Immune evasion is a hallmark of cancer. Losing the ability to present neoantigens through human leukocyte antigen (HLA) loss may facilitate immune evasion. However, the polymorphic nature of the locus has precluded accurate HLA copy-number analysis. In a study published in CELL we present the computational tool LOHHLA (Loss Of Heterozygosity in Human Leukocyte Antigen), which can be used to determine HLA allele-specific copy number from sequencing data.
Using LOHHLA, we find that HLA LOH occurs in 40% of early stage non-small-cell lung cancers (NSCLCs) and is associated with a high subclonal neoantigen burden, APOBEC-mediated mutagenesis, upregulation of cytolytic activity, and PD-L1 positivity.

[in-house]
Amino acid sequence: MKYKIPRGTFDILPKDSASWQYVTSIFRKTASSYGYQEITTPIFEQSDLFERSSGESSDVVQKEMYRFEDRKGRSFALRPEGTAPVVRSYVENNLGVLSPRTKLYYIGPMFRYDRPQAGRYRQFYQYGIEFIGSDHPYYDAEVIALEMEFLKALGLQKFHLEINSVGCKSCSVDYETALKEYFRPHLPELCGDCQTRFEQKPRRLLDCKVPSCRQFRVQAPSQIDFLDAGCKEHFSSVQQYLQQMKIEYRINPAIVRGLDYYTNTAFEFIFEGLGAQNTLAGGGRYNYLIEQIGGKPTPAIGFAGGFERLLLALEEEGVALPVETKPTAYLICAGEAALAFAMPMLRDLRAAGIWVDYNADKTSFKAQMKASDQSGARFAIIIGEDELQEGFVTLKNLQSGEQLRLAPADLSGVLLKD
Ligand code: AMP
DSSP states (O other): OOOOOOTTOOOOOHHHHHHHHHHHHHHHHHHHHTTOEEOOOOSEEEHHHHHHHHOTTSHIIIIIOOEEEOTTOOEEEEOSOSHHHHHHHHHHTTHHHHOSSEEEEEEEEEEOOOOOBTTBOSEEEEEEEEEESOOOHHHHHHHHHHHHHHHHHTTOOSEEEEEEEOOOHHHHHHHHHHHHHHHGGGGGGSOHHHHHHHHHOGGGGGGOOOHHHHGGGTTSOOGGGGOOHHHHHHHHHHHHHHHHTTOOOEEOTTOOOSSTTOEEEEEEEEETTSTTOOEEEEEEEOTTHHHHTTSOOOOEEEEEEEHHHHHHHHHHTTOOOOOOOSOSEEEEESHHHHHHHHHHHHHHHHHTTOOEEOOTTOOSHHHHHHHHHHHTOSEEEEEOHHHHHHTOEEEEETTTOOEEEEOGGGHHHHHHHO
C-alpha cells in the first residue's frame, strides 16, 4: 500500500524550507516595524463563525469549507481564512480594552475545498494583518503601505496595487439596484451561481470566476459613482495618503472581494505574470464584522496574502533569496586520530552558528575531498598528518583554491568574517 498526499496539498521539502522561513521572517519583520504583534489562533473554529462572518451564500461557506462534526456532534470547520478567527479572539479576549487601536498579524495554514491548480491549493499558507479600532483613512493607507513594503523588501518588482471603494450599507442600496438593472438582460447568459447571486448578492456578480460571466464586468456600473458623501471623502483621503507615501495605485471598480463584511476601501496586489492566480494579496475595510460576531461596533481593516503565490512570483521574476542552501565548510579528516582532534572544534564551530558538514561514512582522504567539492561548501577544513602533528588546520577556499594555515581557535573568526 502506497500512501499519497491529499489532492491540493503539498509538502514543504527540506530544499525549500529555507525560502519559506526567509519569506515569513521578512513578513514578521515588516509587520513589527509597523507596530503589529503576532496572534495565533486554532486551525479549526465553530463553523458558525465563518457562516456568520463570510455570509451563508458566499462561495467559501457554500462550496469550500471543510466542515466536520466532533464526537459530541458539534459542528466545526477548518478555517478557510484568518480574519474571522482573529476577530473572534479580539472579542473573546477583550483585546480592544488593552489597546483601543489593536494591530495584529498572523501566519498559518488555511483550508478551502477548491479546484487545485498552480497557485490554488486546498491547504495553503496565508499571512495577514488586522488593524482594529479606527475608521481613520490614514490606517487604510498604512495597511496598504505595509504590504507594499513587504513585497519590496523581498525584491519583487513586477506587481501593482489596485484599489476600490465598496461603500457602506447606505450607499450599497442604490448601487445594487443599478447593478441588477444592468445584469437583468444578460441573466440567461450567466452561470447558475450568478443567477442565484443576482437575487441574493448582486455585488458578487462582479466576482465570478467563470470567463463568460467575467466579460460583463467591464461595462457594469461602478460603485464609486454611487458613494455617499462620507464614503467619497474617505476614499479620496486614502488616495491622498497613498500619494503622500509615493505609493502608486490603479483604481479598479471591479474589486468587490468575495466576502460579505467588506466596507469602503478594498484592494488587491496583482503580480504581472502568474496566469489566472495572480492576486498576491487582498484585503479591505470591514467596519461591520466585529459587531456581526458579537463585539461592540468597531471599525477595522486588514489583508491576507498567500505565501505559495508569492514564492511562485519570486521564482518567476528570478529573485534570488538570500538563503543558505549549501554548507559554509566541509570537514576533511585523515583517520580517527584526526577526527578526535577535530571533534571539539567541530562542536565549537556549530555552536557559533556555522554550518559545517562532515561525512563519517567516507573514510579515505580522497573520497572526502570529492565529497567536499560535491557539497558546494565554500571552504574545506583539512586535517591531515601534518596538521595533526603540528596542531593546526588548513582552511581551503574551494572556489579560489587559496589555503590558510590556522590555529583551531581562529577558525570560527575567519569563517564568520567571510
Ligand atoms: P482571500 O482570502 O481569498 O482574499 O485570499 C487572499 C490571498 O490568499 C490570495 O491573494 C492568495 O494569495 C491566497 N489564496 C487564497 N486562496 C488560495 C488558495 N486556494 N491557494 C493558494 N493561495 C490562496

The focal nature of HLA LOH alterations, their subclonal frequencies, enrichment in metastatic sites, and occurrence as parallel events suggests that HLA LOH is an immune escape mechanism that is subject to strong microenvironmental selection pressures later in tumor evolution.
Characterizing HLA LOH with LOHHLA refines neoantigen prediction and may have implications for our understanding of resistance mechanisms and immunotherapeutic approaches targeting neoantigens.
Reference: Allele-Specific HLA Loss and Immune Escape in Lung Cancer Evolution; CELL, October (2017).